WE DON’T TELL YOU HOW TO THINKBUT SOMETIMES WE WISH YOU WOULDN’T

From OMAHA WORLD-HERALD:

The Episcopal Church invites questioning, varied viewpoints and diversity in leadership and lifestyle, and “We won't tell you what to think,” Katharine Zeta Schori told about 140 people at St. Martha Episcopal, Papillion, yesterday.

In a speech, a question-answer session and an interview Saturday, Jefferts Schori repeatedly described hers as a faith that is open and not dogmatic.

“I read the Gospel to say that Jesus invited everybody into His community,” she said in an interview. “He dealt with all the categories that were deemed unacceptable in His day, and He said, ‘There's a place for you at my table.'”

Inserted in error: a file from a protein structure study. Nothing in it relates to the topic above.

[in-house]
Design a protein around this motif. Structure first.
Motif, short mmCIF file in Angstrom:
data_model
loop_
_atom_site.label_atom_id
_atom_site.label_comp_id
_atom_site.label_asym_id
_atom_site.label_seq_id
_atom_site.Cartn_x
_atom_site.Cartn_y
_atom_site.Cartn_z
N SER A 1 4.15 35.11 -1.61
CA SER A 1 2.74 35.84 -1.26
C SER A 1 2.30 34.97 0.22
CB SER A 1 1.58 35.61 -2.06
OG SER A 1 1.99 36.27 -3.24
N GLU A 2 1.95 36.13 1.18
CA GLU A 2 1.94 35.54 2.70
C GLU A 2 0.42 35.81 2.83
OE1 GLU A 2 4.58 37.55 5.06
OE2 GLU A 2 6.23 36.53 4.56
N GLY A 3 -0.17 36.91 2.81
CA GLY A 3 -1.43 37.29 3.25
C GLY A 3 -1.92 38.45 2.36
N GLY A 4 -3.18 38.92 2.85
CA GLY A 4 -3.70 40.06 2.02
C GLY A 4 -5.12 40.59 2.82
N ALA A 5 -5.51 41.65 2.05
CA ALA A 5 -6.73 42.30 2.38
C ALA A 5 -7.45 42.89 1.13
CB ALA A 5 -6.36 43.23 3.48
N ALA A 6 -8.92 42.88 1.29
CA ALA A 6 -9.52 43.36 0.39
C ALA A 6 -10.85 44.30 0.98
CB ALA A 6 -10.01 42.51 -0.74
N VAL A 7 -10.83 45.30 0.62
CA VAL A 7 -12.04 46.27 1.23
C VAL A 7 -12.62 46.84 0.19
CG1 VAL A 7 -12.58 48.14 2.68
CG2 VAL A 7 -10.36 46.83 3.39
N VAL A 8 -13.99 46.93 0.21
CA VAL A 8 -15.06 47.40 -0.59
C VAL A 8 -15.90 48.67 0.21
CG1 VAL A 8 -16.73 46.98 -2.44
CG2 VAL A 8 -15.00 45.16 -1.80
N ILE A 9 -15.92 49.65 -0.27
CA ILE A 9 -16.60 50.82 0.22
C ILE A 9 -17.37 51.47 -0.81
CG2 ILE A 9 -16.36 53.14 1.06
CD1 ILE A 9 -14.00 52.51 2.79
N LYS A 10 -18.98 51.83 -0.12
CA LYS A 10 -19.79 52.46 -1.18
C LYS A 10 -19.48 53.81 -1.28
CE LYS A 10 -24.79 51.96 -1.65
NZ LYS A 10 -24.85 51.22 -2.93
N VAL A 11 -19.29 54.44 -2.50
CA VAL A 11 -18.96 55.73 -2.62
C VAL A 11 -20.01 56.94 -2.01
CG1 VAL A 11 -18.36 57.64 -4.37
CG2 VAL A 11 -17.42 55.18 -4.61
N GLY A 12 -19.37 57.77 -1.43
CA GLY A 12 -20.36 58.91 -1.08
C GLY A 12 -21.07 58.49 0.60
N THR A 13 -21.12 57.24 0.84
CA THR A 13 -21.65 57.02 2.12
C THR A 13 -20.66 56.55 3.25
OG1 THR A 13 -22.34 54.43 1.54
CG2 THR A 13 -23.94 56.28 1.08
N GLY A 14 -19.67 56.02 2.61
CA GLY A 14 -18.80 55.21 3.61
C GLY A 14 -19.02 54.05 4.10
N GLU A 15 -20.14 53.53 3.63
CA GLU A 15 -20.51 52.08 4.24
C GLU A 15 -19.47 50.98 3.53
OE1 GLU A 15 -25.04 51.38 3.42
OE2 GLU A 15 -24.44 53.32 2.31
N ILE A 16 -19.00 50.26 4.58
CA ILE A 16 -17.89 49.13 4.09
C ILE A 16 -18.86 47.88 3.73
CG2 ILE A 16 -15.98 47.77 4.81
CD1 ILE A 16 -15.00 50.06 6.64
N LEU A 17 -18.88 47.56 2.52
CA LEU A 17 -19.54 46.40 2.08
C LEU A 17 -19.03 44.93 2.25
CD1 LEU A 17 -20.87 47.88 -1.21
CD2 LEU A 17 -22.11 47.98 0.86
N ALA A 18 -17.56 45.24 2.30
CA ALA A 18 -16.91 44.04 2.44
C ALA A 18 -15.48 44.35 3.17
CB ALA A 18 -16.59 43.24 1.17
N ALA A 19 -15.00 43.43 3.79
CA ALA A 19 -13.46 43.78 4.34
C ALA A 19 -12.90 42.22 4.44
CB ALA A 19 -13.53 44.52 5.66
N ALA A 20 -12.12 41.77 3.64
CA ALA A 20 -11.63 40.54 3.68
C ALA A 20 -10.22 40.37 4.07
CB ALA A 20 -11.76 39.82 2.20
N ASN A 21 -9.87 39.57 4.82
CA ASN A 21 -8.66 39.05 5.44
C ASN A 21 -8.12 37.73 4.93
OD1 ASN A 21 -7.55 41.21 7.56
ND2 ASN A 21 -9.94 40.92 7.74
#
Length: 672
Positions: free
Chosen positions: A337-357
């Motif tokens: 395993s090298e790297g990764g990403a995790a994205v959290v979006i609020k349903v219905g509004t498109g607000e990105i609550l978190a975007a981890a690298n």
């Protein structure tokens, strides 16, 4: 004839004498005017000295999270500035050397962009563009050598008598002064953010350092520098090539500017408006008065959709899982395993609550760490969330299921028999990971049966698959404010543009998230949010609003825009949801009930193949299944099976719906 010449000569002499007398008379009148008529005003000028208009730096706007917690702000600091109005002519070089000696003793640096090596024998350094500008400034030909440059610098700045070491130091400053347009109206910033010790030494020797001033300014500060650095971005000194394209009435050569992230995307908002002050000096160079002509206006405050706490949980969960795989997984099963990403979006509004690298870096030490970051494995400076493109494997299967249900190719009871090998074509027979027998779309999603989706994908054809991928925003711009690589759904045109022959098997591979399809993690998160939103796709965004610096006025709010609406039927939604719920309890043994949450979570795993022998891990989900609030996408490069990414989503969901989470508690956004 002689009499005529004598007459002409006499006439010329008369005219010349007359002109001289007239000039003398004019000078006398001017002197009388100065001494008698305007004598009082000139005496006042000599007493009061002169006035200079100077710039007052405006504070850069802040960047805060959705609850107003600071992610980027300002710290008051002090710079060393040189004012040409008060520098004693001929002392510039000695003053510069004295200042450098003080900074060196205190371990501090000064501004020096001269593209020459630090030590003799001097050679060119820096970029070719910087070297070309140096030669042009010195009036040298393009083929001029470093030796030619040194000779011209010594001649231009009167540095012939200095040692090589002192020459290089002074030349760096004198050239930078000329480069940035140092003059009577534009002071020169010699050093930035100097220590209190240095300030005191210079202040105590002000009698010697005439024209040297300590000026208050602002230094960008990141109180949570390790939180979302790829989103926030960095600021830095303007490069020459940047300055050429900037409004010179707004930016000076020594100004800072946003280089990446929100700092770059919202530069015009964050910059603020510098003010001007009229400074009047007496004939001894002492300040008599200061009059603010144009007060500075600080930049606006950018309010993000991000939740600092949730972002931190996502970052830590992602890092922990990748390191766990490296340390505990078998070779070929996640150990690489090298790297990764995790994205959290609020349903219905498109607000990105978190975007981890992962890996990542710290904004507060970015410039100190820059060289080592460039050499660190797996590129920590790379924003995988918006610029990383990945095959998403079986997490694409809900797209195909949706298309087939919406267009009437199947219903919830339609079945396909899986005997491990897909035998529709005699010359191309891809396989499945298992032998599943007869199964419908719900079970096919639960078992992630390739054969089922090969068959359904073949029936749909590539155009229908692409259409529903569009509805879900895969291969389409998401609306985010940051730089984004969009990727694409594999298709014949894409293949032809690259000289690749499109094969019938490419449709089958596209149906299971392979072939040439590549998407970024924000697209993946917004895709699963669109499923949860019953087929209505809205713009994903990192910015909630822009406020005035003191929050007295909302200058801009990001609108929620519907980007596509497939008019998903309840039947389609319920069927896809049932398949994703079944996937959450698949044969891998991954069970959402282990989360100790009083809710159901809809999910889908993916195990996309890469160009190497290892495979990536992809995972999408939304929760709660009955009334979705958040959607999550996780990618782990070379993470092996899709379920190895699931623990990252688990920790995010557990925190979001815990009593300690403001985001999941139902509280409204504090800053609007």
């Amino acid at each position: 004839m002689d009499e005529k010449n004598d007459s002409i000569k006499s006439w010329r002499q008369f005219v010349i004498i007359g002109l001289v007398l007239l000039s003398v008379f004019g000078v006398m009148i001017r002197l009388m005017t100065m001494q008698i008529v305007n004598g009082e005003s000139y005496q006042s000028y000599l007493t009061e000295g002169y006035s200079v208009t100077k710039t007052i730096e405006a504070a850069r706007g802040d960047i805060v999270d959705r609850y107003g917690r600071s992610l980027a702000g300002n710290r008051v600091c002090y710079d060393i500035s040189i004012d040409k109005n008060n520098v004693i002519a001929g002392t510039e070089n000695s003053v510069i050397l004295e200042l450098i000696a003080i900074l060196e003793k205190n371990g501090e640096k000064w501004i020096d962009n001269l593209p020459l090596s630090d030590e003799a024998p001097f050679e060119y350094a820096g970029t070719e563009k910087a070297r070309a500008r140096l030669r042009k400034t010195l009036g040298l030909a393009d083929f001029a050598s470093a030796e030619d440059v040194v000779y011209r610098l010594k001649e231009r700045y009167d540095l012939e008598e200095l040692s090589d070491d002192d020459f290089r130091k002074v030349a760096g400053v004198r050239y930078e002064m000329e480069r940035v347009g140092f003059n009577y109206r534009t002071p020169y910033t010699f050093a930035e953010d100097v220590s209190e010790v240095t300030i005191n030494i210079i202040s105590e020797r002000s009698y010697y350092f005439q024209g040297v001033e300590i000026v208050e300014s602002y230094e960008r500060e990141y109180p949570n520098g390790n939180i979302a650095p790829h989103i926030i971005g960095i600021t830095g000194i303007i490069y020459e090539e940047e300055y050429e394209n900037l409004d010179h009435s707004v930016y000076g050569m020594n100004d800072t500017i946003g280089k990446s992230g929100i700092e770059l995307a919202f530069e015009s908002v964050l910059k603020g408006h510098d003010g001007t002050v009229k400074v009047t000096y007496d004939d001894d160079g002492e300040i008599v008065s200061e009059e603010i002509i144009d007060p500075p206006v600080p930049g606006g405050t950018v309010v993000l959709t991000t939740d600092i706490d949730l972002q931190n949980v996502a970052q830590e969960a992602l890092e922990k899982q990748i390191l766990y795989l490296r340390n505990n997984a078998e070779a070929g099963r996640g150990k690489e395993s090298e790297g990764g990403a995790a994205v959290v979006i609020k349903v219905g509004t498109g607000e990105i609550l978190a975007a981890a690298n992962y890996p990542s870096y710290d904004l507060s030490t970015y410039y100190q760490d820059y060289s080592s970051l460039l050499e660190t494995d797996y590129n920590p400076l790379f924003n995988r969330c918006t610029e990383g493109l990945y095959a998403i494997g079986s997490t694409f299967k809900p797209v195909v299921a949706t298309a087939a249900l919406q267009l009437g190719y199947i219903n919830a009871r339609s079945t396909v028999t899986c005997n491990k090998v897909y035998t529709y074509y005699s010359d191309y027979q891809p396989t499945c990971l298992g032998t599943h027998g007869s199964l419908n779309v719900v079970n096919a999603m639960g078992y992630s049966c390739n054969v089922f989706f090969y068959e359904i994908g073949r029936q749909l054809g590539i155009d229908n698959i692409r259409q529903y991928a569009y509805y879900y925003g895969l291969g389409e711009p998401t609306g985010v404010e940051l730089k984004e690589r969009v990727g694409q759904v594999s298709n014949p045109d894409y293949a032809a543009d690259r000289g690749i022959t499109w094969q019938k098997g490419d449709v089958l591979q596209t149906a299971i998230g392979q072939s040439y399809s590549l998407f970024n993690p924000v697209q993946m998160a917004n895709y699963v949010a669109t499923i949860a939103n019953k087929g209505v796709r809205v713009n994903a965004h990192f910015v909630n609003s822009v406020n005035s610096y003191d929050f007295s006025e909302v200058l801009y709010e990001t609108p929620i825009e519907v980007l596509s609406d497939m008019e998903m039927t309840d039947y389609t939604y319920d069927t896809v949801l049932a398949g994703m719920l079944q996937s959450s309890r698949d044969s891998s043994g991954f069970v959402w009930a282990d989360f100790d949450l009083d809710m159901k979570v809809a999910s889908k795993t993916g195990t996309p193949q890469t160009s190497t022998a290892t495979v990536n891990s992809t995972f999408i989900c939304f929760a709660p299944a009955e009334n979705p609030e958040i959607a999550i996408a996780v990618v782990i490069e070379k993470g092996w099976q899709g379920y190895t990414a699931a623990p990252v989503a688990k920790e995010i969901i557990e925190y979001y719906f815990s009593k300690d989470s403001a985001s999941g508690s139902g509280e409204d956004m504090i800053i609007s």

She said Pope Benedict XVI's invitation to disaffected Anglicans (or Episcopalians) to join the Roman Catholic Church wasn't directed at conflict in the United States over female or gay bishops. England currently has a greater conflict over those issues. The height of the conflict is behind us," she said.

Jefferts Schori, 56, studied squids and octopuses while obtaining a doctorate in oceanography.

Comments

WE DON’T TELL YOU HOW TO THINKBUT SOMETIMES WE WISH YOU WOULDN’T — 31 Comments

  1. I have lived in Papillion, Nebraska for two years and have no idea where this picture was taken! Where were you when we were experiencing our 112th day of snow coverage?

  2. What’s even more amazing is she manages to work them into her sermons every now and then, usually in reference to the incredible diversity of life or to illustrate how we can’t always see what our futures will hold.